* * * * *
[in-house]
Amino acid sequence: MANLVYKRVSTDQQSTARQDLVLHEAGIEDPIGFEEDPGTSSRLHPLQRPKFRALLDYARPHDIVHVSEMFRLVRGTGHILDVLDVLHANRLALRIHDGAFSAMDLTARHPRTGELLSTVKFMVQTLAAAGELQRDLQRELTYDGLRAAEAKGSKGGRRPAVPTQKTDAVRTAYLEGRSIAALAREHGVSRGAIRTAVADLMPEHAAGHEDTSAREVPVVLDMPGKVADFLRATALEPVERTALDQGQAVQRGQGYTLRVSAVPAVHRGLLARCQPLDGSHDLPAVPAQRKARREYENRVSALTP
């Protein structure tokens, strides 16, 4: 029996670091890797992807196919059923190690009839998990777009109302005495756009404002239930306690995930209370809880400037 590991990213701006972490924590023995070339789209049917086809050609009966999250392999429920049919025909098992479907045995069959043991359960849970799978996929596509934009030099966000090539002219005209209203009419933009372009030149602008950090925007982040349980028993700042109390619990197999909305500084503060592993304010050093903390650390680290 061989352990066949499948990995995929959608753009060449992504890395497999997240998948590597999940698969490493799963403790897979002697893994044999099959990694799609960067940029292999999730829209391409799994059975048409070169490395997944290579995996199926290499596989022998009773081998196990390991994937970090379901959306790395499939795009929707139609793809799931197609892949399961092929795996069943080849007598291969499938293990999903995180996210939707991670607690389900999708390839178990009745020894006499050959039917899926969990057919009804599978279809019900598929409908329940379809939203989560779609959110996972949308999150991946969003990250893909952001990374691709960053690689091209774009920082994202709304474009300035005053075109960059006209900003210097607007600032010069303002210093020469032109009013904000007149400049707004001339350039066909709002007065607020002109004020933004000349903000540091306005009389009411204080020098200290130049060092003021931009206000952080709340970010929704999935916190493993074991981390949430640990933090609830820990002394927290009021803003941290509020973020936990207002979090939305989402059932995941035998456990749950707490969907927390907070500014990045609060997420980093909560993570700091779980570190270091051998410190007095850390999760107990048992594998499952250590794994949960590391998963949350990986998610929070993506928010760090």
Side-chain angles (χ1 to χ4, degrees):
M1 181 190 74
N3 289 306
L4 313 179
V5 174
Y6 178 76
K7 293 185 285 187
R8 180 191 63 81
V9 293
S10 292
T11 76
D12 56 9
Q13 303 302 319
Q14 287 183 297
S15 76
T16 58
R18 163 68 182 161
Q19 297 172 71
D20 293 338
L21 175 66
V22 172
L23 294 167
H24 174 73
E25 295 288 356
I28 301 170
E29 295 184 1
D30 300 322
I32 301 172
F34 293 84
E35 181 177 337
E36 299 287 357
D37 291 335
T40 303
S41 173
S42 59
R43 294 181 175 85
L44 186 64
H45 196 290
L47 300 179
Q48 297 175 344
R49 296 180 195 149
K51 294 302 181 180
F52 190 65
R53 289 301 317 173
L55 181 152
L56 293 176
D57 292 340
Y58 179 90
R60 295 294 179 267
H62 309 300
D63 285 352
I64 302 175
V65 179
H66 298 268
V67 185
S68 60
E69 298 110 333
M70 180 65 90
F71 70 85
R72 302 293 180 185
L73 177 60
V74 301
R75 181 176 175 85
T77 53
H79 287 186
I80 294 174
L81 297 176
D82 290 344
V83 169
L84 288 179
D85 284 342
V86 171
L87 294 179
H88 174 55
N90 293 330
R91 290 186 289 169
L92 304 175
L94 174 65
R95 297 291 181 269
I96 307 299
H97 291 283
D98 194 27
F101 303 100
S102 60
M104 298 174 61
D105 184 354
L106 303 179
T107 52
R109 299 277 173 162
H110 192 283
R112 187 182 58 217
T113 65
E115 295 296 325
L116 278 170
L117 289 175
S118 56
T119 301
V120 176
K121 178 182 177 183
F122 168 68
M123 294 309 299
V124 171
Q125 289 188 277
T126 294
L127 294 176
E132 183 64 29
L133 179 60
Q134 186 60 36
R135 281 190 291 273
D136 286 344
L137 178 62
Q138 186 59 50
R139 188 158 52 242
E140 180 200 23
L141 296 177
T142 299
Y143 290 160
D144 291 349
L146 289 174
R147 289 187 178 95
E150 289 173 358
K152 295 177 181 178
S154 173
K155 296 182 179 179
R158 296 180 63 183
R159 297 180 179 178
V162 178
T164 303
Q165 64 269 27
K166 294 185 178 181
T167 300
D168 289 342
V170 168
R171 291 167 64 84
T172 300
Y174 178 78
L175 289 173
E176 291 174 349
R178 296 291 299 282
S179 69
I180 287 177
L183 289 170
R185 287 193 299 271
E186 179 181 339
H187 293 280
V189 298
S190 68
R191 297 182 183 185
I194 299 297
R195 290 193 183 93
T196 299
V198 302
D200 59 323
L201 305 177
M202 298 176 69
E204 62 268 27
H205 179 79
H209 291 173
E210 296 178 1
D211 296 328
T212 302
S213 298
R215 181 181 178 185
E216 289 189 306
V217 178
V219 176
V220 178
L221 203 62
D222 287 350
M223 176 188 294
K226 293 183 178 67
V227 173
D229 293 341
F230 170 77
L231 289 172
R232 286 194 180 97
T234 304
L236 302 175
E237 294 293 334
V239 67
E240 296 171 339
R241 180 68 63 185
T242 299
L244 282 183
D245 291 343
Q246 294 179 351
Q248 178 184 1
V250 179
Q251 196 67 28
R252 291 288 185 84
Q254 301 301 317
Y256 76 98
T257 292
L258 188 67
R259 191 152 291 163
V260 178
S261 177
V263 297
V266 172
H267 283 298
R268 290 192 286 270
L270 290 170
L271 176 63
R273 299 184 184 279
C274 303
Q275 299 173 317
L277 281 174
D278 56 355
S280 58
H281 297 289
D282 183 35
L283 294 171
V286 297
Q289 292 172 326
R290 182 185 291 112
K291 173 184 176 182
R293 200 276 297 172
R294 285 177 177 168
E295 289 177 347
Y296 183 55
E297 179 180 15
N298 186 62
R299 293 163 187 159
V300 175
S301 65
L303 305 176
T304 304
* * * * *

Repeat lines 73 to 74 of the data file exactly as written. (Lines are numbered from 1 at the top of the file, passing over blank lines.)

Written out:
L84 288 179
D85 284 342